A notice appeared at Indian Institute of Technology, Delhi (IITD) women hostel, ahead of House day, asking students to come in “full covered decent western or Indian dresses” drew flak inside and outside the campus.
The notice, which was signed by the warden, was put up at Himadri hostel.
The House day event , slated to be held on 20th this month, is an annual event where students allowed to invite guests in the hostel.
The news about notice came out after it was shared on Pinjra Tod, an independent collective of students and alumni of colleges across Delhi fighting against all sorts of discriminations.
A woman student from BTech final year told Hindustan Times that it was first time such a notice appeared inside the institute.
“This is the first time that such a notice has been put up. We have been told verbally in the past to be fully covered but a written notice has been issued for the first time,” she said.
Himadri and Kailash are the two women hostels in the campus.
However, this not the first time such right wing interventions from the part of authorities taking place in the prestigious institute.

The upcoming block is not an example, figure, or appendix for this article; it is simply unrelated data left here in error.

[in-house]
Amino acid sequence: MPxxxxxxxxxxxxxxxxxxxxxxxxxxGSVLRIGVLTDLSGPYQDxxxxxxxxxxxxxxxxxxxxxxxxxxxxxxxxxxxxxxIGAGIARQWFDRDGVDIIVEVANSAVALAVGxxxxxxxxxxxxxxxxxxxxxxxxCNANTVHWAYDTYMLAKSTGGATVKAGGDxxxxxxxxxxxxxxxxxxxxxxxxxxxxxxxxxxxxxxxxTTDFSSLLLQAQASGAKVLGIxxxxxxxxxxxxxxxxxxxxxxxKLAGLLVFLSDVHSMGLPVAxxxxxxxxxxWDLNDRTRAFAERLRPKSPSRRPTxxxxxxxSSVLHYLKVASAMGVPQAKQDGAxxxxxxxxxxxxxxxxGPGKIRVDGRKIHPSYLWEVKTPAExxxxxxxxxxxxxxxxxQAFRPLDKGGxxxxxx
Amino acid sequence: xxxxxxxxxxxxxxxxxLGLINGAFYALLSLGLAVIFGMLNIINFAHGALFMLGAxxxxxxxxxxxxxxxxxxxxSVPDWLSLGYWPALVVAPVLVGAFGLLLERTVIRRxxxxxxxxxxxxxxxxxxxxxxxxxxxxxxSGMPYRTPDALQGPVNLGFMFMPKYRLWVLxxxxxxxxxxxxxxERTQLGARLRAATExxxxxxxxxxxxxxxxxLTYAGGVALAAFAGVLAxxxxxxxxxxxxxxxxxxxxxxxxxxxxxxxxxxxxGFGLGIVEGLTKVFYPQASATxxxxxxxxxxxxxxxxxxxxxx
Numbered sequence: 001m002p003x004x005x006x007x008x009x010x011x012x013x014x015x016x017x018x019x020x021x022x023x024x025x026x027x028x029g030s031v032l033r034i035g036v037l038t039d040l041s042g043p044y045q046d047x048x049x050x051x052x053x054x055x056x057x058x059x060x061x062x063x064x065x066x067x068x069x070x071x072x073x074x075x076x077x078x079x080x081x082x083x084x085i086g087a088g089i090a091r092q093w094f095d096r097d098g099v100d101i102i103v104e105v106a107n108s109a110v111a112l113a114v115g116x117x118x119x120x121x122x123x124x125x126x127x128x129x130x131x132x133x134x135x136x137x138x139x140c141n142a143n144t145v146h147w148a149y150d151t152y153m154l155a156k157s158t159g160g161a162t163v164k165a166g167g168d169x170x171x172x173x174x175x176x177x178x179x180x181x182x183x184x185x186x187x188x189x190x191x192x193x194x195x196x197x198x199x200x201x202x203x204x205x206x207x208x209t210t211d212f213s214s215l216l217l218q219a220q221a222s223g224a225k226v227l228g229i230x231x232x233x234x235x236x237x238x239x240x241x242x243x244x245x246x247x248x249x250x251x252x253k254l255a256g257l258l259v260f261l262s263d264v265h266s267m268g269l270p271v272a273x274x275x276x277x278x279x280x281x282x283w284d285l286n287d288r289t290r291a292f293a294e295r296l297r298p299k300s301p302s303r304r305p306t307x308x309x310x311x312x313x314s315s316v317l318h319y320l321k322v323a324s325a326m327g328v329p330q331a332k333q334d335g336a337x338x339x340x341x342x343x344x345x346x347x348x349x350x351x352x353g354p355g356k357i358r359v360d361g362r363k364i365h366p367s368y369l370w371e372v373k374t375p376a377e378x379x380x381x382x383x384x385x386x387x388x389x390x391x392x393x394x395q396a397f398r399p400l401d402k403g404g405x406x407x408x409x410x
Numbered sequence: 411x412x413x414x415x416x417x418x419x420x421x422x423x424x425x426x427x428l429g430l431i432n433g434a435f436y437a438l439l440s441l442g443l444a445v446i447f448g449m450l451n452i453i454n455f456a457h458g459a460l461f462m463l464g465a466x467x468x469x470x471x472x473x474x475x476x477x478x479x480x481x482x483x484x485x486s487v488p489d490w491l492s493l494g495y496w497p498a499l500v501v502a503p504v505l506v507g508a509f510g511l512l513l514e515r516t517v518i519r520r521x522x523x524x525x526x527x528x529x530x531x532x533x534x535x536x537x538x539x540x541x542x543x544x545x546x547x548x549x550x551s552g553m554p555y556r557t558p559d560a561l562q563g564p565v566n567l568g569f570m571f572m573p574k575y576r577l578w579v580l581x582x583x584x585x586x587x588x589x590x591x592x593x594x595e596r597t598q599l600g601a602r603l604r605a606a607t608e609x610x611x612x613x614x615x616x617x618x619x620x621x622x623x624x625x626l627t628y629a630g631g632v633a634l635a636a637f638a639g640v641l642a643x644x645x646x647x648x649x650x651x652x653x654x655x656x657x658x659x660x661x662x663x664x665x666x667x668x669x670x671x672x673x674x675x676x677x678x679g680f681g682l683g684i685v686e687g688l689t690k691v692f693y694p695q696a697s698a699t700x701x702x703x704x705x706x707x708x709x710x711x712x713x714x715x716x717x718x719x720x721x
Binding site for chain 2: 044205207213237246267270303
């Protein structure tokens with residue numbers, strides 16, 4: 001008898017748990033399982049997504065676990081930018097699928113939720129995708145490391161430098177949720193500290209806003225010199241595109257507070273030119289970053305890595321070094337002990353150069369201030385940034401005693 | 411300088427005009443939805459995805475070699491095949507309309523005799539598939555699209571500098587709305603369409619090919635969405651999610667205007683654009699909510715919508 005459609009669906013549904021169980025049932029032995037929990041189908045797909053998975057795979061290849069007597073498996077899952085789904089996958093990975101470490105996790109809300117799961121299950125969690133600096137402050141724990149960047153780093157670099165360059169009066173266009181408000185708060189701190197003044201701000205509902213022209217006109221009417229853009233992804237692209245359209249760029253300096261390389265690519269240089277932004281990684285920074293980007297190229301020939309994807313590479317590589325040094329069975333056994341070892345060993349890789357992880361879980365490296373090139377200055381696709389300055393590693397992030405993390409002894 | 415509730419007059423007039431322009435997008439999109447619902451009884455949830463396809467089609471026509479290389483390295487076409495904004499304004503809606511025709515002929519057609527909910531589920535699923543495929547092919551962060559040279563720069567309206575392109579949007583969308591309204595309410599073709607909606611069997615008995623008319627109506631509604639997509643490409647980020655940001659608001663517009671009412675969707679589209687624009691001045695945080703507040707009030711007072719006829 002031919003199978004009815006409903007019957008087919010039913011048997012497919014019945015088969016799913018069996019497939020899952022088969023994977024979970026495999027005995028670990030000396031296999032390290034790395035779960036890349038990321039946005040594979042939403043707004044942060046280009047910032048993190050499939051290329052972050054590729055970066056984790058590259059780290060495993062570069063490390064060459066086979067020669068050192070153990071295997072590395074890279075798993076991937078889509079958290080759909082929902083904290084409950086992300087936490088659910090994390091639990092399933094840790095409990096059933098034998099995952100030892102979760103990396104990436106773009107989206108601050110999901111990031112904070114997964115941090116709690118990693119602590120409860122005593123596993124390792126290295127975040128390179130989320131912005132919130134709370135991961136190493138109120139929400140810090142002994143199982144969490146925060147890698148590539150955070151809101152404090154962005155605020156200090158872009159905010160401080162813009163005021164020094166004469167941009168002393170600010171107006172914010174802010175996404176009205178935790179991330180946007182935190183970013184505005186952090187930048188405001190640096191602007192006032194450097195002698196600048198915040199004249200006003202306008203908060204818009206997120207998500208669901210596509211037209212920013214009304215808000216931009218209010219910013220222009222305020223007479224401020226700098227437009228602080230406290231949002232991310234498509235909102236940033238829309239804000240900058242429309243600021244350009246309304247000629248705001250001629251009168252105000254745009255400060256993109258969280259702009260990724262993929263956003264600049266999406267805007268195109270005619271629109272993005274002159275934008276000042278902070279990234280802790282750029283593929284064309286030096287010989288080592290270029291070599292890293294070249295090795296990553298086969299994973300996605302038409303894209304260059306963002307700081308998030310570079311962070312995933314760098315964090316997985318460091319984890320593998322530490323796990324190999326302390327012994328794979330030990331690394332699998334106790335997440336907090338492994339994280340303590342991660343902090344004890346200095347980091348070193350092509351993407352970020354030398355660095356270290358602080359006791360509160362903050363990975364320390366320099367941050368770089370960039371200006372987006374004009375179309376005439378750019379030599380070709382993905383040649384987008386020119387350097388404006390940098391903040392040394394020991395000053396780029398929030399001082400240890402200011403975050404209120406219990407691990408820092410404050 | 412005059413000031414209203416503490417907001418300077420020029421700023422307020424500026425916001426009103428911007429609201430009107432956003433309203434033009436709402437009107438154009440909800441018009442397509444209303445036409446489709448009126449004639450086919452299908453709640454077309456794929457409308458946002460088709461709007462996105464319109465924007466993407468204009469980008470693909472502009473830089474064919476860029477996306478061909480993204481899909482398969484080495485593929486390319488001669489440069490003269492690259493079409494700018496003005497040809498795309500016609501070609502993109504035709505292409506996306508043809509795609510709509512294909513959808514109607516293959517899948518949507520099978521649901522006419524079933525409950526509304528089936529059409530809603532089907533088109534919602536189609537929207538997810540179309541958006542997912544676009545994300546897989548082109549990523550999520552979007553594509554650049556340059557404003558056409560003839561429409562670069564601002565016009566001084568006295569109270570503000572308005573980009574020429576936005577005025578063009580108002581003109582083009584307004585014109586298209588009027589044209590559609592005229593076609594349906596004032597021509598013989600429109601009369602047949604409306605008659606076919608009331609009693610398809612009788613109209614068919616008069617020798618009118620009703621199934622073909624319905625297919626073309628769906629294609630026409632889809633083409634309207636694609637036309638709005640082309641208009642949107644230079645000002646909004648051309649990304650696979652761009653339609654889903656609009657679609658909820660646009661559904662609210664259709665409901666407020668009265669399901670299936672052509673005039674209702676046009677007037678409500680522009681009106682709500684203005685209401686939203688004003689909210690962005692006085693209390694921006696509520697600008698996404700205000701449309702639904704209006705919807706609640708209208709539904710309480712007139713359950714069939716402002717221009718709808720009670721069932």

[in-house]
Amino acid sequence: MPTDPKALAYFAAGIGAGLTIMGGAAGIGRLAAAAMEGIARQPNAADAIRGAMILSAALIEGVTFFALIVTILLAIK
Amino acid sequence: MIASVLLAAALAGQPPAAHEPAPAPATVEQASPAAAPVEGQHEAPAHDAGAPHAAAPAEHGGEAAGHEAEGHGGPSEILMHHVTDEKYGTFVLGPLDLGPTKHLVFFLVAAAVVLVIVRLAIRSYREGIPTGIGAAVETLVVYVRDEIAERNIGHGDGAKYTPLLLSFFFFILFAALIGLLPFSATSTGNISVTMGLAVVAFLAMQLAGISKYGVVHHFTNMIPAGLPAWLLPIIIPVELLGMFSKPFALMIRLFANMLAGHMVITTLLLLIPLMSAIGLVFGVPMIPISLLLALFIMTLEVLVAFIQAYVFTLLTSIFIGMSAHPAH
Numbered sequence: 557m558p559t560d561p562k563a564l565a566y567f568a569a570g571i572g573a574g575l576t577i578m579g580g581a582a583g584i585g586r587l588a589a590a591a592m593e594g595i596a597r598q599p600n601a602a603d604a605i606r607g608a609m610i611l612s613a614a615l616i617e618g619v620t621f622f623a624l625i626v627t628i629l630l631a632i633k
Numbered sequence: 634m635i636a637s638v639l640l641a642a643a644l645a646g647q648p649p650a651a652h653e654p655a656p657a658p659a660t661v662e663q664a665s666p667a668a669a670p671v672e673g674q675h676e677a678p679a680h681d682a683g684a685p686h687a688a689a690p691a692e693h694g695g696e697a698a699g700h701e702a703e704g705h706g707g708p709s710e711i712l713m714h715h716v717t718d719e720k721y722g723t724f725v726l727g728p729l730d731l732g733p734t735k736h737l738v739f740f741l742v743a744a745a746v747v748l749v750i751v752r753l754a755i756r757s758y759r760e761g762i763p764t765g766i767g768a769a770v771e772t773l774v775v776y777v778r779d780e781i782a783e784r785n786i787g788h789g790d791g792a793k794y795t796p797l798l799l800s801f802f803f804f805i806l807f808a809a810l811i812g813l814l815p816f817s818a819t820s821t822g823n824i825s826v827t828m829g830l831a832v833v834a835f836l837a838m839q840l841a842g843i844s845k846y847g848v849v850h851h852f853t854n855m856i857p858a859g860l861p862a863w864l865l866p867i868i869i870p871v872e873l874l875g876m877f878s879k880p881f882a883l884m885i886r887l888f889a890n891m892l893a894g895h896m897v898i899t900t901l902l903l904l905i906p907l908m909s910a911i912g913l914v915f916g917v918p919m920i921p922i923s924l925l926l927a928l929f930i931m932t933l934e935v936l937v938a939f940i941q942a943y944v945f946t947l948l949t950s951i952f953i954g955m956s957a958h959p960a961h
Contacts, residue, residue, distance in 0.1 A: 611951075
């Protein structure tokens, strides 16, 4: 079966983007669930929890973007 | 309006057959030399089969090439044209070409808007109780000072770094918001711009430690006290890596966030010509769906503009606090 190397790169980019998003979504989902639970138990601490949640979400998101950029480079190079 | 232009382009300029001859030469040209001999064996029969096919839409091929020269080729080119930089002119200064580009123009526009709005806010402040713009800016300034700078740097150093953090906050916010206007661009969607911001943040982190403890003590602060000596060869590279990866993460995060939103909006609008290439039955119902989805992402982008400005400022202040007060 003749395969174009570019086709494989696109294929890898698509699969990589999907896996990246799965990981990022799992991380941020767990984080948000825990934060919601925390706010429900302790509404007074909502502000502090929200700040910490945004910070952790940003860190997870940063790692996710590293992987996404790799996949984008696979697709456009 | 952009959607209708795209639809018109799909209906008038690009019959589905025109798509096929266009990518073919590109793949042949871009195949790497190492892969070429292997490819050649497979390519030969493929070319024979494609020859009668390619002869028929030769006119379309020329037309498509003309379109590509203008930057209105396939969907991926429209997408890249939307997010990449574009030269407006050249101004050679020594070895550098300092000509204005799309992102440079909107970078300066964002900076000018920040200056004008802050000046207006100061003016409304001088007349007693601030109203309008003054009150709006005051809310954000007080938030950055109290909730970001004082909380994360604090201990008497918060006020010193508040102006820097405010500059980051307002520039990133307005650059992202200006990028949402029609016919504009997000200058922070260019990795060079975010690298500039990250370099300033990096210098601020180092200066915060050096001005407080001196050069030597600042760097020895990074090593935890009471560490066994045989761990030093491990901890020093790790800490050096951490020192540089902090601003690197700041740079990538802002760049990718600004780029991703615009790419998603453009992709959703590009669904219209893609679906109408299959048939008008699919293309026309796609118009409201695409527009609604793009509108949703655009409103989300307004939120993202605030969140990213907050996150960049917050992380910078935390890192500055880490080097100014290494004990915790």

There were earlier reports that only Hindu festivals were officially celebrated in IITs.
An IIT Delhi research scholar told SouthLive on the condition of anonomity that Hindutva interventions in the campus is quite evident.
You can see the hindu symbols such as naga and shiva in front of every hostel in the campus. And, when it comes to food menu, only vegetarian dishes are served in the campus. While other central universities serve both vegetarian and non-vegetarian dishes taking all students into consideration, IIT is stick to vegetarian dishesResearch Scholar, IIT Delhi
Recently, IIT Kharagpur had decided to introduce ‘Vastu Shastra’ as a part of its syllabus as it believes one cannot be a “well-rounded architect” unless you have learnt the basics of Vastu.
The institute conducted a workshop on the subject as it plans to include an introductory course for first and second year undergraduate architecture students, and a more exhaustive course for post-graduate and research students from August this year.
The university faculty had made it clear that Vastu concepts are not religious and are instead based on science and there is no reason why Indian architecture students shouldn’t know the “ancient Indian architectural traditions.”
Last year, a painting resembling the Hindu deity Hanuman, but in western attire and sporting gadgets, had to be washed off from IIT Bombay after several workers of Shiv Sena marched to the institute demanding removal of the painting which was a part of the institute’s annual cultural fest, Mood Indigo.
The painting was a creative take on the popular image of Lord Hanuman flying with the mythical Gandhamadana Mountain that grew life-saving Sanjivani herbs in one hand and his mace in the other.
The protesters claimed that it was in bad taste and it hurts the religious sentiments of many people.